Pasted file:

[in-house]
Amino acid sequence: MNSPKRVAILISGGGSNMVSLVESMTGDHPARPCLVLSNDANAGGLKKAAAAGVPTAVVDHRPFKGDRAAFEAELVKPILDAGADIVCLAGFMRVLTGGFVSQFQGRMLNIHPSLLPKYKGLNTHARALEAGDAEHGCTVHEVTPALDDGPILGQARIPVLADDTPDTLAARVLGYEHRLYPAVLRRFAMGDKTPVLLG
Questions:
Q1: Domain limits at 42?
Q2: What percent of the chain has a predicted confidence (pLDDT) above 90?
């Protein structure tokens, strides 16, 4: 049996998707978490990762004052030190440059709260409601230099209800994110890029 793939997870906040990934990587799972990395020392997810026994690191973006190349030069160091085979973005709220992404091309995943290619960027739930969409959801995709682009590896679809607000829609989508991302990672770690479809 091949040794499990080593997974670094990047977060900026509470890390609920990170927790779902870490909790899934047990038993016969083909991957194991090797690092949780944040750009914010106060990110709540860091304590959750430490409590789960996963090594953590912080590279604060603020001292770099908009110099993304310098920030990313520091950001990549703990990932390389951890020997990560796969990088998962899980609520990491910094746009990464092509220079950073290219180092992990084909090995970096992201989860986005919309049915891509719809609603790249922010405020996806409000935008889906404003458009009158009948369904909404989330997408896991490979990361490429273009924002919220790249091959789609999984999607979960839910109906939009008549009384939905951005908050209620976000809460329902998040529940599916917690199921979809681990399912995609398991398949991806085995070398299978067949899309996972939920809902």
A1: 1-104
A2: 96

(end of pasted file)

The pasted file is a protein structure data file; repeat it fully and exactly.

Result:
[in-house]
Amino acid sequence: MNSPKRVAILISGGGSNMVSLVESMTGDHPARPCLVLSNDANAGGLKKAAAAGVPTAVVDHRPFKGDRAAFEAELVKPILDAGADIVCLAGFMRVLTGGFVSQFQGRMLNIHPSLLPKYKGLNTHARALEAGDAEHGCTVHEVTPALDDGPILGQARIPVLADDTPDTLAARVLGYEHRLYPAVLRRFAMGDKTPVLLG
Questions:
Q1: Domain limits at 42?
Q2: What percent of the chain has a predicted confidence (pLDDT) above 90?
């Protein structure tokens, strides 16, 4: 049996998707978490990762004052030190440059709260409601230099209800994110890029 793939997870906040990934990587799972990395020392997810026994690191973006190349030069160091085979973005709220992404091309995943290619960027739930969409959801995709682009590896679809607000829609989508991302990672770690479809 091949040794499990080593997974670094990047977060900026509470890390609920990170927790779902870490909790899934047990038993016969083909991957194991090797690092949780944040750009914010106060990110709540860091304590959750430490409590789960996963090594953590912080590279604060603020001292770099908009110099993304310098920030990313520091950001990549703990990932390389951890020997990560796969990088998962899980609520990491910094746009990464092509220079950073290219180092992990084909090995970096992201989860986005919309049915891509719809609603790249922010405020996806409000935008889906404003458009009158009948369904909404989330997408896991490979990361490429273009924002919220790249091959789609999984999607979960839910109906939009008549009384939905951005908050209620976000809460329902998040529940599916917690199921979809681990399912995609398991398949991806085995070398299978067949899309996972939920809902």
A1: 1-104
A2: 96